Pathare Prabhu (Kanchole)

The Pathare Prabhu Kanchole caste is one of the two sections of the original Pathare Prabhu caste of Mumbai. The Pathare Prabhus had settled in Mumbai, and the region thereabout in the 13th century, and gained prosperity during the development of Bombay by the British in the 18th century. The Pathare Prabhu Kancholes are a few hundred in number, and this section came into existence, within the major caste, in the year 1777, over a quarrel on the occasion of a marriage ceremony in the caste.[1]: 46 [2]: 122  This smaller section of the main caste is known as Kanchole Pathare Prabhus, as the dispute leading to the schism in the original caste had centred about a kanchole, i.e. a small vessel used for holding sandalwood paste for the purpose of anointing, in honour, the foreheads of guests.

Division edit

The incident causing the split in the greater Pathare Prabhu caste occurred in the year 1777, when, during the marriage ceremony in the caste, a small boy assigned the job of anointing the guests' foreheads with sandalwood paste failed to do so in case of a one elderly guest. The guest took that delinquency on the part of the boy as a deliberate attempt of insult, and cursed outrageously at the boy, on which the boy, out of boyish rage, threw away the kanchole in hand, which, by accident, struck another guest. In the ensuing mayhem different members of the community took either the side of the boy, or the side against him. The side against the boy being larger in number decided, on the spot, in the heat of the moment, to sever the relations with the boy-supporting smaller group.[1]: 46 [2]: 122 

The estrangement between the two groups only grew as the time passed, and due to their separation from the bigger community the smaller faction was unable to arrange suitable marriages for its members for the next 60 years, because of which its number shrank to the 300 from the original 400. Thereafter this "Kanchole" faction imperatively had to scatter in the nearby regions, marrying with the women from the other Suryavanshi and Somvanshi castes of Mumbai, and nearby areas. The smaller group had no qualm in retaining their original culture, customs, festivals and food habits, family goddess, and gotra, which they have been retaining till date.[1]: 43–49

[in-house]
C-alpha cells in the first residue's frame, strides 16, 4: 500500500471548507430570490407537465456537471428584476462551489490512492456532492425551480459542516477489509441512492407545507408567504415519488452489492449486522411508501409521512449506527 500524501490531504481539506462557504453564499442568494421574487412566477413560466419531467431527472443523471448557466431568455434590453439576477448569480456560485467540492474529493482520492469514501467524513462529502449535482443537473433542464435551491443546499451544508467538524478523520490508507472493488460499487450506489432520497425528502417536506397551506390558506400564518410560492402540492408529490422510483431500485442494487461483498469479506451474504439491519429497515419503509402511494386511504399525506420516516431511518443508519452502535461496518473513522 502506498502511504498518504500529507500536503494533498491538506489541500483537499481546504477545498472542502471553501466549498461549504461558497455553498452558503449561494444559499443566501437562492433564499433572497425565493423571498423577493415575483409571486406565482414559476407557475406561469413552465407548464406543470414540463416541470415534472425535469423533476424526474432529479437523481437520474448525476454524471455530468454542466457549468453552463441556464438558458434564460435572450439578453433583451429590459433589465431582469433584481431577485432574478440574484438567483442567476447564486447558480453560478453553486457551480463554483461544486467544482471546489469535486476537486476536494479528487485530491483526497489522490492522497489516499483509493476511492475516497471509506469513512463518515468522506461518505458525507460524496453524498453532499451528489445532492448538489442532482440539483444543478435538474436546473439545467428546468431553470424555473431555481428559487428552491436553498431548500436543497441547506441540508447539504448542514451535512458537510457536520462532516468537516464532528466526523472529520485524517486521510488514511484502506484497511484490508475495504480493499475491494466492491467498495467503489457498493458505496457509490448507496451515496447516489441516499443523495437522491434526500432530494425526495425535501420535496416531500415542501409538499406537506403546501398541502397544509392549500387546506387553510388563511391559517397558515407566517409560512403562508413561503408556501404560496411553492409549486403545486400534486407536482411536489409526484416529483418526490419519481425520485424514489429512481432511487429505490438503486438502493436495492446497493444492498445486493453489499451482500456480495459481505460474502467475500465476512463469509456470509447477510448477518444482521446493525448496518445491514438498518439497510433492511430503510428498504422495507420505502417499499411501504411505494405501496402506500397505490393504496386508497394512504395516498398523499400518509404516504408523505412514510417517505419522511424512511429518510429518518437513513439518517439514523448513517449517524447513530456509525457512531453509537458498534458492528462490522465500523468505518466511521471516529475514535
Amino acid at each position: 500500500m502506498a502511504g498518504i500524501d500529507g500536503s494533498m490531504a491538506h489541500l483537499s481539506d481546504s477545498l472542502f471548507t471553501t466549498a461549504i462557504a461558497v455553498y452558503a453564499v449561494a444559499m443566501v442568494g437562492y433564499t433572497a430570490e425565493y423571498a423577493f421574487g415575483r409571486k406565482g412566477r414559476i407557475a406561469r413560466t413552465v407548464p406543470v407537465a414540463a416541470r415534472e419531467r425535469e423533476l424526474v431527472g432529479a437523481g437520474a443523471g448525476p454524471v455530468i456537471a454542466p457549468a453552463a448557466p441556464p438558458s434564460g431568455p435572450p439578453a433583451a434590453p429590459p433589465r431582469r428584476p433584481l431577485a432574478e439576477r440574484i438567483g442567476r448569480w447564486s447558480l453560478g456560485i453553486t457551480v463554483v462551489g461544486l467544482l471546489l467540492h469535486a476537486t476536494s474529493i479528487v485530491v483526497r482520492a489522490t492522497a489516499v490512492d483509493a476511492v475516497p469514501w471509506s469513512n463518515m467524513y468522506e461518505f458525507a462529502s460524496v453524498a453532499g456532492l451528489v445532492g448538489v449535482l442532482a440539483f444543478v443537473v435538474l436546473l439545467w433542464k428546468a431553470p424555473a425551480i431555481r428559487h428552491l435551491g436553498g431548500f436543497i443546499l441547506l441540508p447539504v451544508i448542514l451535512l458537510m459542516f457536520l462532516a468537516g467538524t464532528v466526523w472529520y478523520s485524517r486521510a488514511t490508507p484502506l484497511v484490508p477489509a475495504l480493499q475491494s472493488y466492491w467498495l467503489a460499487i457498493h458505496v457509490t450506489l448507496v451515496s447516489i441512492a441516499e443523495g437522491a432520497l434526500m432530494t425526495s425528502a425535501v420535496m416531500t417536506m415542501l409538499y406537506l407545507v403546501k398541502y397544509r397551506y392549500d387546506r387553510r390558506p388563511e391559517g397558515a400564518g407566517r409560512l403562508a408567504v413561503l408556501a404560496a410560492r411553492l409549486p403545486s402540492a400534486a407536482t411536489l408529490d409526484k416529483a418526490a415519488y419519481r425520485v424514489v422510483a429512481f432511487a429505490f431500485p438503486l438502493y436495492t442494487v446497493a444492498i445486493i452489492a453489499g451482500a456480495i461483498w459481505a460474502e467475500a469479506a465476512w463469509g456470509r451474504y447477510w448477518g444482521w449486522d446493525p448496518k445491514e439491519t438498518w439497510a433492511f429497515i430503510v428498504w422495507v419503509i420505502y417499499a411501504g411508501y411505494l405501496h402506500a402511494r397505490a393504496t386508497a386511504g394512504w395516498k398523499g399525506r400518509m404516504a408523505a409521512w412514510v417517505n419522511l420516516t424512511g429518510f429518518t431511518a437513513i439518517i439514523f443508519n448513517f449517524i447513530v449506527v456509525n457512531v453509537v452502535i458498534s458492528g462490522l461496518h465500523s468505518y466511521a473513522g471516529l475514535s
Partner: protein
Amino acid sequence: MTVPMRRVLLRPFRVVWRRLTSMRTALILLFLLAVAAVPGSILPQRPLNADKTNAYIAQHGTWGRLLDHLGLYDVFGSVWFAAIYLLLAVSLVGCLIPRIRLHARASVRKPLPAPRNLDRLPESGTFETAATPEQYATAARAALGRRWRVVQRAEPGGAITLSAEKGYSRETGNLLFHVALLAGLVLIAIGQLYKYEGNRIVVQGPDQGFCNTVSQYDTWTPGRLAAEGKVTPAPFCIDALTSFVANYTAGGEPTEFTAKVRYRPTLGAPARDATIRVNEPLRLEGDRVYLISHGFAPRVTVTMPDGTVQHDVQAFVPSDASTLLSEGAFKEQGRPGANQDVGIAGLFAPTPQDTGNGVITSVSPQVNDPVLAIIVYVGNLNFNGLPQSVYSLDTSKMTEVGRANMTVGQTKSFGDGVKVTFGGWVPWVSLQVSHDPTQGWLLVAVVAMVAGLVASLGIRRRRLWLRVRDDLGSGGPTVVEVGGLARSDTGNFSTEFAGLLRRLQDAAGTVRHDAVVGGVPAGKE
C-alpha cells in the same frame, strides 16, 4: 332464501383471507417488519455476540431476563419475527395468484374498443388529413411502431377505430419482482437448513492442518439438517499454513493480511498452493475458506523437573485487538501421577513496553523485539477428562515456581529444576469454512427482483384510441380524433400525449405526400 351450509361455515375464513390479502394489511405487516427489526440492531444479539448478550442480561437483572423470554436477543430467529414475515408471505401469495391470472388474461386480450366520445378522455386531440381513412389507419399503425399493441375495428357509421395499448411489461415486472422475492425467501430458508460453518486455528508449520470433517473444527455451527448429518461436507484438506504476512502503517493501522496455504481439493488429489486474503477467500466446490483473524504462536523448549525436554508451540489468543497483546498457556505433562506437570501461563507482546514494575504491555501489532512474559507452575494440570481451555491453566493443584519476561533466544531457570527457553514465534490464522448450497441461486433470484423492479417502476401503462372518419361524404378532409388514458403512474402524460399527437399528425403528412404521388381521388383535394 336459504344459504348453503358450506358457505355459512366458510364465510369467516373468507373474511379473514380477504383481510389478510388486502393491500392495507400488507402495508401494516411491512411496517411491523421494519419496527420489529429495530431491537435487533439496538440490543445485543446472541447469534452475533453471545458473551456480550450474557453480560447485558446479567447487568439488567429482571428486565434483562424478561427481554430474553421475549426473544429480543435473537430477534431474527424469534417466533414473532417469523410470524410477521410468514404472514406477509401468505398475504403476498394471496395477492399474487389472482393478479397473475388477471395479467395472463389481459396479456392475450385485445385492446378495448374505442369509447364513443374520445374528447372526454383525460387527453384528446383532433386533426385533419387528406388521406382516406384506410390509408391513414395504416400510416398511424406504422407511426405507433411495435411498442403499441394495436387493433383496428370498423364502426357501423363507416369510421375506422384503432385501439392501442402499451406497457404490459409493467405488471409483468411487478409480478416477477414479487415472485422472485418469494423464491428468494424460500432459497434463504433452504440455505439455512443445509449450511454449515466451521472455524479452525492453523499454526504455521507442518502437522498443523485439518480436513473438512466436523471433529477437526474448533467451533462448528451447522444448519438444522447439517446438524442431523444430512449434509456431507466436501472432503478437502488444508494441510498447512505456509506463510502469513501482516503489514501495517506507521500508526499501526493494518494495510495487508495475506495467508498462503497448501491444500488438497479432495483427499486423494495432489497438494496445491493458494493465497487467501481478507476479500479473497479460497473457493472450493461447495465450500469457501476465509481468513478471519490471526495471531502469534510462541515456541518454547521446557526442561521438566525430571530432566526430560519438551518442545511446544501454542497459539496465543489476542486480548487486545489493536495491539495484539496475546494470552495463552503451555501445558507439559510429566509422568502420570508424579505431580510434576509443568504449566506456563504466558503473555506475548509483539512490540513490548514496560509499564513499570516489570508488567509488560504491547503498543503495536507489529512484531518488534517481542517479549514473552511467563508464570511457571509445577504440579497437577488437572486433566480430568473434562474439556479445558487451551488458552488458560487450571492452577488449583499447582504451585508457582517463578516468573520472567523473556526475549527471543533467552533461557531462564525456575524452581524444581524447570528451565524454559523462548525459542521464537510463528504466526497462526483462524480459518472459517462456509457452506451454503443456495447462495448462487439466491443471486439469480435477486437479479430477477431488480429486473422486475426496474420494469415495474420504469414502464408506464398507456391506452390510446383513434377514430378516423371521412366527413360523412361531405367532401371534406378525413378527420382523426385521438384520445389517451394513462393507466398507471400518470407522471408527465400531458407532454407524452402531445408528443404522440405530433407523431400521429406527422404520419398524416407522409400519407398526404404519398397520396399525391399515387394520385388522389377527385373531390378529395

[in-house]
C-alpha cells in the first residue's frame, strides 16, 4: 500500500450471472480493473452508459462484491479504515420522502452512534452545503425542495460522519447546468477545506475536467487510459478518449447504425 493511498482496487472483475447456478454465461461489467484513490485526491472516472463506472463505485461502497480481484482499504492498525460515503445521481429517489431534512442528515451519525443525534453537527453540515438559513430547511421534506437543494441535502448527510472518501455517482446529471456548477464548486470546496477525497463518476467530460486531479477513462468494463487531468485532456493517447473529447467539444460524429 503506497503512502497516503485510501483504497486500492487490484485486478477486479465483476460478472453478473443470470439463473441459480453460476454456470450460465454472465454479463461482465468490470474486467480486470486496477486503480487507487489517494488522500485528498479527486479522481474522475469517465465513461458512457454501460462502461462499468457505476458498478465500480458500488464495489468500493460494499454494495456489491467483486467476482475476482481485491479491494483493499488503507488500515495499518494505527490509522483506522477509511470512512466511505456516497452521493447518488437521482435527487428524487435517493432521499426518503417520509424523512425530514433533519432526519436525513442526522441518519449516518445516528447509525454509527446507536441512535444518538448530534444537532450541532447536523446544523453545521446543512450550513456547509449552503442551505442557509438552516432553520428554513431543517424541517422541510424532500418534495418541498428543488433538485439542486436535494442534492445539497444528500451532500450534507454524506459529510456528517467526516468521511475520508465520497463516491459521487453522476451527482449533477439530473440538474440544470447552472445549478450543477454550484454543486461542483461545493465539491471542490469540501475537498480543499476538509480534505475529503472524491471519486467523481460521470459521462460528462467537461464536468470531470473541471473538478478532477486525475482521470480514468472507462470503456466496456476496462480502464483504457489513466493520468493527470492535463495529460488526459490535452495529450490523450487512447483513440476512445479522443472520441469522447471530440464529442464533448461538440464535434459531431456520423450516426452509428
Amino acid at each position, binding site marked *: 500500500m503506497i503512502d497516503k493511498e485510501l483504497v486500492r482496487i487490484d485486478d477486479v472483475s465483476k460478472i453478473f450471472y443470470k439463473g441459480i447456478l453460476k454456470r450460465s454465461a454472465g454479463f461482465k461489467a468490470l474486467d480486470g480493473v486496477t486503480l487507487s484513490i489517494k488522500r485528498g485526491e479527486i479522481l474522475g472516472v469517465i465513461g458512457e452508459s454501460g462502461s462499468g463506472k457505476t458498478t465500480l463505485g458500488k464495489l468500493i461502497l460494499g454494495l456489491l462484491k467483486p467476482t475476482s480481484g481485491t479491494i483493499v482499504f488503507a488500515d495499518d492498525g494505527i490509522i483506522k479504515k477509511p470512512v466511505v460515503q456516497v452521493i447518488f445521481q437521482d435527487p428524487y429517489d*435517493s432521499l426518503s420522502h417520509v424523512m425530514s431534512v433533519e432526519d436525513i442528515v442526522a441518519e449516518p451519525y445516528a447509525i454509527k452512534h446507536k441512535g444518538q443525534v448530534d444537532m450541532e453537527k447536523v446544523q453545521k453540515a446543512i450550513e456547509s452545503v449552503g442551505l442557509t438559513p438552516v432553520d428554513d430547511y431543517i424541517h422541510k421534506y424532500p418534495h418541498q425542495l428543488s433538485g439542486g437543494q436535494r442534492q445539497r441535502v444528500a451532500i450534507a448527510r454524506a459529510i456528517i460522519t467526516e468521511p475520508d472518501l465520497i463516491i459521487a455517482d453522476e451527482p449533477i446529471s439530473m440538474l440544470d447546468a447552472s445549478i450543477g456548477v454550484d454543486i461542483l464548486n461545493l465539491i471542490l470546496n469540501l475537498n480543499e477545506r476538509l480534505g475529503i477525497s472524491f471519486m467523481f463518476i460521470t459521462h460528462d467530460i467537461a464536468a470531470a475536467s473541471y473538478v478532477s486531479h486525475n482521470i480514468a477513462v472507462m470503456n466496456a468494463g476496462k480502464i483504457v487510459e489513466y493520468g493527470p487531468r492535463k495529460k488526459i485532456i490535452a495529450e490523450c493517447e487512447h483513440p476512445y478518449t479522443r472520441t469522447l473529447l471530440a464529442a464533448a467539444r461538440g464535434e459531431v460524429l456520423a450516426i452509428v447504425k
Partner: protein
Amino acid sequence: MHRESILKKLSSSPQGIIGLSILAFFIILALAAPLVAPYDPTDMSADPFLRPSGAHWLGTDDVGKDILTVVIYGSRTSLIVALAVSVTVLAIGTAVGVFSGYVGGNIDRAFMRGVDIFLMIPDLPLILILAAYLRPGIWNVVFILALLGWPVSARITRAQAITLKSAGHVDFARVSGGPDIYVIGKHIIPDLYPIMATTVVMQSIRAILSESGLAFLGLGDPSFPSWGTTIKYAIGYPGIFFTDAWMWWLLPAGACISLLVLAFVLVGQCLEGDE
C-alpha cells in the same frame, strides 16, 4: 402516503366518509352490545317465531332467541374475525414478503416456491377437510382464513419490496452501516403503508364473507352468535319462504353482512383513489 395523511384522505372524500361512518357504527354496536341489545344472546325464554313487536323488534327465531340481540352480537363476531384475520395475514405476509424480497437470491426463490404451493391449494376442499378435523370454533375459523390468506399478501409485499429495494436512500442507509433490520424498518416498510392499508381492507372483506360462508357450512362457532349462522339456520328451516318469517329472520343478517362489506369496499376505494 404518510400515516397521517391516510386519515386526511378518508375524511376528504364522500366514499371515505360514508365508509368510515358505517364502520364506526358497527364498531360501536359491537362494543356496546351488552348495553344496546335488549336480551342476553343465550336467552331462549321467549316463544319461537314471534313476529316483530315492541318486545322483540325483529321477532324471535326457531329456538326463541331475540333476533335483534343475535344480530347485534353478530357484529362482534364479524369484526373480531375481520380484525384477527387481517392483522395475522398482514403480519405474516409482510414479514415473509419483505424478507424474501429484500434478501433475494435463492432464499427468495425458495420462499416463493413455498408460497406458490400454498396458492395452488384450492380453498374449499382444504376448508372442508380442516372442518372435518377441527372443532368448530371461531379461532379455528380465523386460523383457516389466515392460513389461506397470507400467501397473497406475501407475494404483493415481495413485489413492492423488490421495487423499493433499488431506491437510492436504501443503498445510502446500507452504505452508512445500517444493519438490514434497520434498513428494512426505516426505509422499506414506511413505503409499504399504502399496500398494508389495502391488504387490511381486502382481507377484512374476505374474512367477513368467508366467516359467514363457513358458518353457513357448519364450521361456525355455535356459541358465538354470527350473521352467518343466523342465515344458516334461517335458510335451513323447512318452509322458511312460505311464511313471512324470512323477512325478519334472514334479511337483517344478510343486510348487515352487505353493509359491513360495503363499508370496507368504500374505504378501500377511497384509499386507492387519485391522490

Both the Kancholes and the non-Kancholes consider themselves to be the true Pathare Prabhus, as each of the groups is a faction of the original community, which divided on the pretext of a quarrel in the marriage ceremony, wherein all the members of the caste were invited as per the custom of that time.[2]: 122  In 1929 Sri Shankaracharya (Dr. Kurtkoti, was the Shankaracharya that time), in the role of the arbitrator that had assigned him by both the groups, had produced a written religious instruction in favour of the unification of both the groups. However, his instruction was turned down by the larger group out of impudence derived from the majority status held by them,.[1]: 48  Although the larger group had previously used the Shankaracharya's rulings to counter their being labeled as Shudra by the Peshwas.[1]: intro, 22  The Kanchole faction's requests and appeals from 1824-1929, for bringing the relations within the community back to normal, were rejected by the larger group from time to time.[1]: 46–49 

Current situation edit

Currently the Pathare Prabhus Kancholes are numbering 800 to 1000, and this number consists of with the property owners, high ranked politician, businessmen and skilled professionals.[1]: 49–51  [further explanation needed]The Kanchole faction does not claim, what they consider to be their justifiable right, to a 30% share in the community's property, which is being withheld by the larger Pathare Prabhu group from the time of the division, considering the Kancholes were 15% of the total number at the time of the division, and more than 50% of the withheld property has been disposed of by the larger group in the recent past.[1]: 44  [further explanation needed]Due to small number the Kancholes continue to marry into the other Maharashtrian communities of the claimed Kshatriya lineage, including the larger group; so do the larger Pathare Prabhu group due to their depleting number.[1]: 49 [further explanation needed]

References edit

  1. ^ a b c d e f g h i Pratap Velkar. Pathare Prabhuncha Itihas. Shree Vidhya Prakashan, Pune 1997
  2. ^ a b c Narain D; University of Bombay. Dept. of Sociology; Indian Council of Social Science Research (1989). Research in Sociology: Abstracts of M.A. and Ph. D. Dissertations Completed in the Department of Sociology, University of Bombay. Concept Publishing Company. pp. 122–. ISBN 978-81-7022-235-4. Retrieved 9 March 2013.

External links edit

  • Laxman Balkrishna Nayak, Mukund Ramrao Jaykar. History of a section of the pathare prabhu community commonly known as kanchole prabhus. Bahadur Vishwanath Ganpatrao Mankar, Pune 1931 (,
  • V. B. Kulkarni (1976). M. R. Jayakar. Publications Division, Ministry of Information and Broadcasting, Government of India. Retrieved 9 March 2013.